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Economic Watch: China’s mushrooming high-tech industries create demand for talents




Significant shifts are underway in the employment situation of the Chinese workforce, fueled by the country’s rapid development of innovative and high-tech industries.

Latest data from a research unit under Liepin, a job-hunting website, shows that industries including intelligent manufacturing, integrated circuits, artificial intelligence and biomedicine are short on talent.

To be more specific, the Talent Shortage Index (TSI) of the semiconductor industry is 1.91, a new high in the past two years, and the index of biomedicine has reached as high as 4.4.

The TSI reflects the supply and demand of talents. An index above one indicates short supply, while a reading below one means excessive supply.

“Changes in the country’s industrial structure have led to shifts in the employment structure, which is shown by the TSI,” said Xing Zhenkai, deputy head of the research unit under Liepin.

On the one hand, with the transformation and upgrading of traditional industries, the demand for digital talents has become more urgent.

From April 2021 to March 2022, demand for digital talents in finance, auto machinery manufacturing, and pharmaceutical and medical industries increased by 44.04 percent, 39.03 percent and 32.96 percent, respectively, according to Xing.

On the other hand, the rapidly-expanding emerging industries such as AI and metaverse create huge demand for highly skilled employees.

For example, the number of job openings in metaverse surged 37.07 percent year on year last year, following a 13.59-percent increase in 2019 and a 14.6-percent rise in 2020.

Founded in 2017, Beijing Huanqing Environment Technology Co., Ltd. focuses on energy conversion of rural waste, resource recovery from agricultural waste and the manufacturing of high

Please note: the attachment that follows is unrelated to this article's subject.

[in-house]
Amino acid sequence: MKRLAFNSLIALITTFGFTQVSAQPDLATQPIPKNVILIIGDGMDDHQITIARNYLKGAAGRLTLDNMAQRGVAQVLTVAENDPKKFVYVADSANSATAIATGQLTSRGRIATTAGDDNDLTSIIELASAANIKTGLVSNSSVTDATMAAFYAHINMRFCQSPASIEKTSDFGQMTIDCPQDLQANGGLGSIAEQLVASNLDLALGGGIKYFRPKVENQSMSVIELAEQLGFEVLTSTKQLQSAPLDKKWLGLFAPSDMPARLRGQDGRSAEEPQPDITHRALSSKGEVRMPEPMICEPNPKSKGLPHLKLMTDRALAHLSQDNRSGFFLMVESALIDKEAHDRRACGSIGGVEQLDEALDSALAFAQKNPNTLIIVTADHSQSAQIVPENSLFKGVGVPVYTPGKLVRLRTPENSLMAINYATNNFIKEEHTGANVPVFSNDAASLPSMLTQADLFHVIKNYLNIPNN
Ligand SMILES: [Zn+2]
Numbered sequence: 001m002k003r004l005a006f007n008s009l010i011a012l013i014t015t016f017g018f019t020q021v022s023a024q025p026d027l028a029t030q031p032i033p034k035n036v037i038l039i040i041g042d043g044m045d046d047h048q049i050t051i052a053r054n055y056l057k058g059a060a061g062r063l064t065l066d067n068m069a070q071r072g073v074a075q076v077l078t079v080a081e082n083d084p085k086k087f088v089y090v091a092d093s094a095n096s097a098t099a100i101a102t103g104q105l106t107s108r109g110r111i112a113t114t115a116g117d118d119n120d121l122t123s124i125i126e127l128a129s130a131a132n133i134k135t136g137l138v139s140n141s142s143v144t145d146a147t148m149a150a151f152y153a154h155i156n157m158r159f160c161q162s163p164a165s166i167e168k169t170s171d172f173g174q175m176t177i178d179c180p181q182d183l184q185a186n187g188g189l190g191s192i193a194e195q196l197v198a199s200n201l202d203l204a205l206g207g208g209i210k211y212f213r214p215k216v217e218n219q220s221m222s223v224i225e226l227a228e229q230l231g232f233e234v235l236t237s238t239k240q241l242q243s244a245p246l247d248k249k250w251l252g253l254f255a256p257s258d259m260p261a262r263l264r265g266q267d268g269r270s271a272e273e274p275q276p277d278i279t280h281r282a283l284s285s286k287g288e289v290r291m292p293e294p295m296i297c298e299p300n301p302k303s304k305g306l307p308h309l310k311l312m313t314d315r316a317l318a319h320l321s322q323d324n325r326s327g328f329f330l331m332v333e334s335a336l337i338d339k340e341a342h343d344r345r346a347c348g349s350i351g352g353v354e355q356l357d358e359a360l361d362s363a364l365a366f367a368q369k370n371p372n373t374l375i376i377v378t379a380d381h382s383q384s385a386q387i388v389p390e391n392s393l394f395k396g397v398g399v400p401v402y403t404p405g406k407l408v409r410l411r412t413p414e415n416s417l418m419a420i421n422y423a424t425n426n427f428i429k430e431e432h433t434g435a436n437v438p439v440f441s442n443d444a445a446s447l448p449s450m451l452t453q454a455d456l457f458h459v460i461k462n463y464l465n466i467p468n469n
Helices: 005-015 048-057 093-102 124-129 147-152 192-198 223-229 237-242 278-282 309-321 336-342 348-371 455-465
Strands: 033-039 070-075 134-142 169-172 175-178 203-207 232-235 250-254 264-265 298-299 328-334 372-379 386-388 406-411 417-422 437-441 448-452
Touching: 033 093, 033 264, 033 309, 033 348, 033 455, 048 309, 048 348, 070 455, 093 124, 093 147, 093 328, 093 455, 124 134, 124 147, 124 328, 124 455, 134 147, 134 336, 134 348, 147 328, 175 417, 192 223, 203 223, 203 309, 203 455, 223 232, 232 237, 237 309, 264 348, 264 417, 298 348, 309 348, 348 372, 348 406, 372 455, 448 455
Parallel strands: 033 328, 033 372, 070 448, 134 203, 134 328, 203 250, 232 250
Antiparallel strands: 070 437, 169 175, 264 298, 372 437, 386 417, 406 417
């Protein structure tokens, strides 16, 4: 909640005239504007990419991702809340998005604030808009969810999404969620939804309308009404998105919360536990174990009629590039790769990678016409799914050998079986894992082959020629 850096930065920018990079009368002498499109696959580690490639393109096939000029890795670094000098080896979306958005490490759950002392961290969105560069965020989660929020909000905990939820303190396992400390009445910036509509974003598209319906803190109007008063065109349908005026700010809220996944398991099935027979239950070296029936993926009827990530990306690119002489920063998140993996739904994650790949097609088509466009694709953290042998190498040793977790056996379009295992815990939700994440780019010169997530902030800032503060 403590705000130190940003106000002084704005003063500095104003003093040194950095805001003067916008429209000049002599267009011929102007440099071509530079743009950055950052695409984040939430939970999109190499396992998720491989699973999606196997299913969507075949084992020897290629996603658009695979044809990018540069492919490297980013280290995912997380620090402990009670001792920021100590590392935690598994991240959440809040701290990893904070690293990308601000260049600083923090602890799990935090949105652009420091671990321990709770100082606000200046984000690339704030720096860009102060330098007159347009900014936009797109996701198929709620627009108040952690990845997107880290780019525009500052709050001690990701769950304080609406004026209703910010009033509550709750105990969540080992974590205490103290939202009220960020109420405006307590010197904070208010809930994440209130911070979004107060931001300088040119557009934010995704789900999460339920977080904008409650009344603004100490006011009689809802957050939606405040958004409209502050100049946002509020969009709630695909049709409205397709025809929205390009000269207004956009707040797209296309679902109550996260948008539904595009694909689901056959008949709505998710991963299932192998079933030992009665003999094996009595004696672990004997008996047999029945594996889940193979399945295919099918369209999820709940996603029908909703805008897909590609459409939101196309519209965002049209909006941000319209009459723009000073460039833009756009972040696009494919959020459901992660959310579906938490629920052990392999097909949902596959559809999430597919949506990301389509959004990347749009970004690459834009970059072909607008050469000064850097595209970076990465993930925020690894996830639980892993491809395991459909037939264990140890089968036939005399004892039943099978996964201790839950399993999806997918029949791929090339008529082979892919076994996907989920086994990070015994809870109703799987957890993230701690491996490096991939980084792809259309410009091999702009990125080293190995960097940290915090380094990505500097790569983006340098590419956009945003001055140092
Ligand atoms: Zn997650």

“We need talents in agriculture, machinery, intelligent manufacturing, and project management, among others,” said Chen Xin, manager of the environment technology firm.

“The company will provide about 200 jobs for college graduates this year, and some positions remain unfilled so far,” Chen said.

As China moves up the industrial value chain, business needs and job requirements change accordingly, and employees, therefore, have to strengthen their skills to stay competitive in a fast-changing world, analysts said.

China aims to create over 11 million new urban jobs and keep a surveyed urban unemployment rate of no more than 5.5 percent in 2022.

“We should step up efforts to broaden employment channels and provide a high-quality workforce to drive the country’s high-quality economic development,” said Yao Kai, director of a research center under the Fudan University.

Source: Xinhua 

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Samsung starts mass production of advanced 3-nanometre chips





The new chips will be more powerful and efficient and will be used in high-performance computing applications before being put into gadgets such as mobile phones.

Samsung Electronics has become the first chipmaker in the world to mass-produce advanced 3-nanometre microchips as it seeks to catch up with Taiwan’s TSMC.

“Compared to 5nm process, the first-generation 3nm process can reduce power consumption by up to 45 percent, improve performance by 23 percent and reduce area by 16 percent,” Samsung said in a statement on Thursday.